Engraving - Wikipedia, the free encyclopedia (505 words)
The result may be a decorative object in itself, as when silver or gold are engraved, or may provide an intaglio plate, when copper is engraved, or a relief print block when wood is engraved.
In antiquity, the only engraving that could be carried out is evident in the shallow grooves found in some jewellery after the beginning of the 1st Millennium B.C. The majority of so-called engraved designs on ancient gold rings or other items were produced by chasing or sometimes a combination of lost-wax casting and chasing.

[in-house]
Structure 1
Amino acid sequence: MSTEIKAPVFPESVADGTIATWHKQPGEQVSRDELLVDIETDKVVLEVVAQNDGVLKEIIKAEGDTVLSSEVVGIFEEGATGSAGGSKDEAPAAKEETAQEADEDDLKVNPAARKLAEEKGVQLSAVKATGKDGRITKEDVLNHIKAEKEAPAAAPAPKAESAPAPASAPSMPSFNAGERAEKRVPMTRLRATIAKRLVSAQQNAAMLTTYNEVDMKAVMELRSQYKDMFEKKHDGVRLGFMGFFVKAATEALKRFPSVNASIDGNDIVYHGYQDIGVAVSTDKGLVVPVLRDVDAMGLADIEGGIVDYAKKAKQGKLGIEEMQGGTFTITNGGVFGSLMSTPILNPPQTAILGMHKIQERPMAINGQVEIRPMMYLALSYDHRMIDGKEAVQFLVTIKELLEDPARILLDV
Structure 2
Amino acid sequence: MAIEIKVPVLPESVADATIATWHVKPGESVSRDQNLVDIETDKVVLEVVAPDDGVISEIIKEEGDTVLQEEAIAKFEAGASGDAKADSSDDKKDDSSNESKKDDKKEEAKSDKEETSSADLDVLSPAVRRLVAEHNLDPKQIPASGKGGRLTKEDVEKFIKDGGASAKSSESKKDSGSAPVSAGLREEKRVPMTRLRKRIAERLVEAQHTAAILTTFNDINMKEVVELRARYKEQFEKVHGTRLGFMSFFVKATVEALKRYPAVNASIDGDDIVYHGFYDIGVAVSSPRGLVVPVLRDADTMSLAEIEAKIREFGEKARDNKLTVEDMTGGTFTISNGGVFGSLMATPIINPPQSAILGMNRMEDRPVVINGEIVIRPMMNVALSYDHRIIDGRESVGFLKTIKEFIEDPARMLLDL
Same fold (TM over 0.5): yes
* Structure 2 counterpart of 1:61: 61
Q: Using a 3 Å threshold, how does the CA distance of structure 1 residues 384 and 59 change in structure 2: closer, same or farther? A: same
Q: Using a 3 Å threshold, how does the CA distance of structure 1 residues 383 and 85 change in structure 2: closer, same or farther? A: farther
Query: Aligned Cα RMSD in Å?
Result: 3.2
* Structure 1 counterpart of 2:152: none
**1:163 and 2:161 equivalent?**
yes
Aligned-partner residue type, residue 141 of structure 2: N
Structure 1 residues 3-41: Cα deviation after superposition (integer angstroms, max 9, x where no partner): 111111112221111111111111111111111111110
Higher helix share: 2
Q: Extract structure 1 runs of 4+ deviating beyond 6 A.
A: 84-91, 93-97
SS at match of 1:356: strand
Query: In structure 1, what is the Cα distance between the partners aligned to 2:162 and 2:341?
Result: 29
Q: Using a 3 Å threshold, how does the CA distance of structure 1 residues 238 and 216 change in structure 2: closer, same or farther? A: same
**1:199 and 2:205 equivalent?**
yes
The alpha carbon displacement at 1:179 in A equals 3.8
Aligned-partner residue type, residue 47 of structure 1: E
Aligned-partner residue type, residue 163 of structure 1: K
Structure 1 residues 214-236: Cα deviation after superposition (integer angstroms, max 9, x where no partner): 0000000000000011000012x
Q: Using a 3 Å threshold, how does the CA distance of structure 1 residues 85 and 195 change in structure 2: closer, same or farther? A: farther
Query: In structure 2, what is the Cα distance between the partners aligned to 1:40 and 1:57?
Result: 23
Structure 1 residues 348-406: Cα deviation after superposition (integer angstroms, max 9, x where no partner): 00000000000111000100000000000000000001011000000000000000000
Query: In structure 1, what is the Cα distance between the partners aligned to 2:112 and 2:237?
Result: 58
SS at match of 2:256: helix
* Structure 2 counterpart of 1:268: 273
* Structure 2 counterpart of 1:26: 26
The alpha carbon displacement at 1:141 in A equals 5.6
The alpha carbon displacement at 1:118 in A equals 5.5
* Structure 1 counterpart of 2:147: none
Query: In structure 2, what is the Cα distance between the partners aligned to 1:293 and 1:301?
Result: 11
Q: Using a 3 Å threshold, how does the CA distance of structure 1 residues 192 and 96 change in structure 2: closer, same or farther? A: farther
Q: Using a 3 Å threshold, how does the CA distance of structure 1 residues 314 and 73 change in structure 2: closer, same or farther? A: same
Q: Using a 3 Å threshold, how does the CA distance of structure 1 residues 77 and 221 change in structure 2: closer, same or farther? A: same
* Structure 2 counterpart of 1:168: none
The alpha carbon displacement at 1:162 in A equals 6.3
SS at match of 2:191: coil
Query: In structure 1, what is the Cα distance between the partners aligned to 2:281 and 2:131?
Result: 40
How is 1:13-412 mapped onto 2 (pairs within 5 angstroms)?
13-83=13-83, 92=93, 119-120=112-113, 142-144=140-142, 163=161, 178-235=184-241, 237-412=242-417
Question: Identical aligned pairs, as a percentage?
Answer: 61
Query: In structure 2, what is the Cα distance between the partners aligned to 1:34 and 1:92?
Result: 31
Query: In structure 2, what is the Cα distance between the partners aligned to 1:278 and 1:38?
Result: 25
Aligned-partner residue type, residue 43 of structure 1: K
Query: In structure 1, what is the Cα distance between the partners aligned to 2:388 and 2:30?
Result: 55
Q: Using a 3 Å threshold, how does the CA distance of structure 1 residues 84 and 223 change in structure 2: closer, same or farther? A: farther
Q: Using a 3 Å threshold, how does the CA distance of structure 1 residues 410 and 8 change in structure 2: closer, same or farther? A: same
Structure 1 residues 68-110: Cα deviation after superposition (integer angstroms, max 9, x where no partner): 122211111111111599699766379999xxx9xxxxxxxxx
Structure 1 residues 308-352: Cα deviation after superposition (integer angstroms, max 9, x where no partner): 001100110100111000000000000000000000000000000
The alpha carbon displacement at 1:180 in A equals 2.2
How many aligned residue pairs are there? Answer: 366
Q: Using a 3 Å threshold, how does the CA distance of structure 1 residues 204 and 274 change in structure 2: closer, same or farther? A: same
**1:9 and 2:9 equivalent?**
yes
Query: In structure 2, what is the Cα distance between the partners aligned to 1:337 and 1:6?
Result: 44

Engravings continued to be common in newspapers and many books into the early 20th century, as they were long cheaper to mass reproduce than photo images.
Music engraving - Wikipedia, the free encyclopedia (554 words)
The term engraving is now used to refer to any high-quality method of drawing music notation, particularly on a computer ("computer engraving" or "computer setting") or by hand ("hand engraving").
Plate engraving was the traditional process of engraving music, directly onto a zinc or pewter plate in mirror image.
With the advent of the personal computer in the late 1980s and beyond, hand engraving has become a lost art, as all of the "drawing" of each note, symbol, staff, written instructions, can now be accomplished by computer software made especially for this purpose.
  More results at FactBites »